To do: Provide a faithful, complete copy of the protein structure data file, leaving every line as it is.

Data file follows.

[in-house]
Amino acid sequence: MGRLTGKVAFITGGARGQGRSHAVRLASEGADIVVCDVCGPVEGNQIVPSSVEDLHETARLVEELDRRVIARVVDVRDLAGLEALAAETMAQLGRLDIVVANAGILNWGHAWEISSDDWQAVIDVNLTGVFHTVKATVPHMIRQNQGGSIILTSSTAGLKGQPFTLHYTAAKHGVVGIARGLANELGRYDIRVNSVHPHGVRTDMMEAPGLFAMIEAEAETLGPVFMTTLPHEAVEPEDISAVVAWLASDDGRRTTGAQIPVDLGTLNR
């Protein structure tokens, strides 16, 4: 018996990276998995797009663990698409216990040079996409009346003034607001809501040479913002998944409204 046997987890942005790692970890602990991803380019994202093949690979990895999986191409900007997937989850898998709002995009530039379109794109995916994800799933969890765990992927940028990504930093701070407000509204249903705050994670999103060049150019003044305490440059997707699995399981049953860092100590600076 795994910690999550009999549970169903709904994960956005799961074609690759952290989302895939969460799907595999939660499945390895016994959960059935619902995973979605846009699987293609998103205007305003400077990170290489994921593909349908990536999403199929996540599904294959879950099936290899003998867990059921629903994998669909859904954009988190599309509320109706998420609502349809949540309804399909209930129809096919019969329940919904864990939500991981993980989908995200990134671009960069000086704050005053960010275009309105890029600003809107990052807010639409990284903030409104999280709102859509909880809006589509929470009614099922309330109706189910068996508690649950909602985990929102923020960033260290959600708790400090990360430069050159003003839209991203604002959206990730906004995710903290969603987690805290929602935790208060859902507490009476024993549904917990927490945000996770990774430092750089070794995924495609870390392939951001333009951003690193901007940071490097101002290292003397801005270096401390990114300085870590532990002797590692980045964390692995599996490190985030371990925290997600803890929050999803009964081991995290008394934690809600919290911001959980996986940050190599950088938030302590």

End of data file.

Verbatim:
[in-house]
Amino acid sequence: MGRLTGKVAFITGGARGQGRSHAVRLASEGADIVVCDVCGPVEGNQIVPSSVEDLHETARLVEELDRRVIARVVDVRDLAGLEALAAETMAQLGRLDIVVANAGILNWGHAWEISSDDWQAVIDVNLTGVFHTVKATVPHMIRQNQGGSIILTSSTAGLKGQPFTLHYTAAKHGVVGIARGLANELGRYDIRVNSVHPHGVRTDMMEAPGLFAMIEAEAETLGPVFMTTLPHEAVEPEDISAVVAWLASDDGRRTTGAQIPVDLGTLNR
């Protein structure tokens, strides 16, 4: 018996990276998995797009663990698409216990040079996409009346003034607001809501040479913002998944409204 046997987890942005790692970890602990991803380019994202093949690979990895999986191409900007997937989850898998709002995009530039379109794109995916994800799933969890765990992927940028990504930093701070407000509204249903705050994670999103060049150019003044305490440059997707699995399981049953860092100590600076 795994910690999550009999549970169903709904994960956005799961074609690759952290989302895939969460799907595999939660499945390895016994959960059935619902995973979605846009699987293609998103205007305003400077990170290489994921593909349908990536999403199929996540599904294959879950099936290899003998867990059921629903994998669909859904954009988190599309509320109706998420609502349809949540309804399909209930129809096919019969329940919904864990939500991981993980989908995200990134671009960069000086704050005053960010275009309105890029600003809107990052807010639409990284903030409104999280709102859509909880809006589509929470009614099922309330109706189910068996508690649950909602985990929102923020960033260290959600708790400090990360430069050159003003839209991203604002959206990730906004995710903290969603987690805290929602935790208060859902507490009476024993549904917990927490945000996770990774430092750089070794995924495609870390392939951001333009951003690193901007940071490097101002290292003397801005270096401390990114300085870590532990002797590692980045964390692995599996490190985030371990925290997600803890929050999803009964081991995290008394934690809600919290911001959980996986940050190599950088938030302590």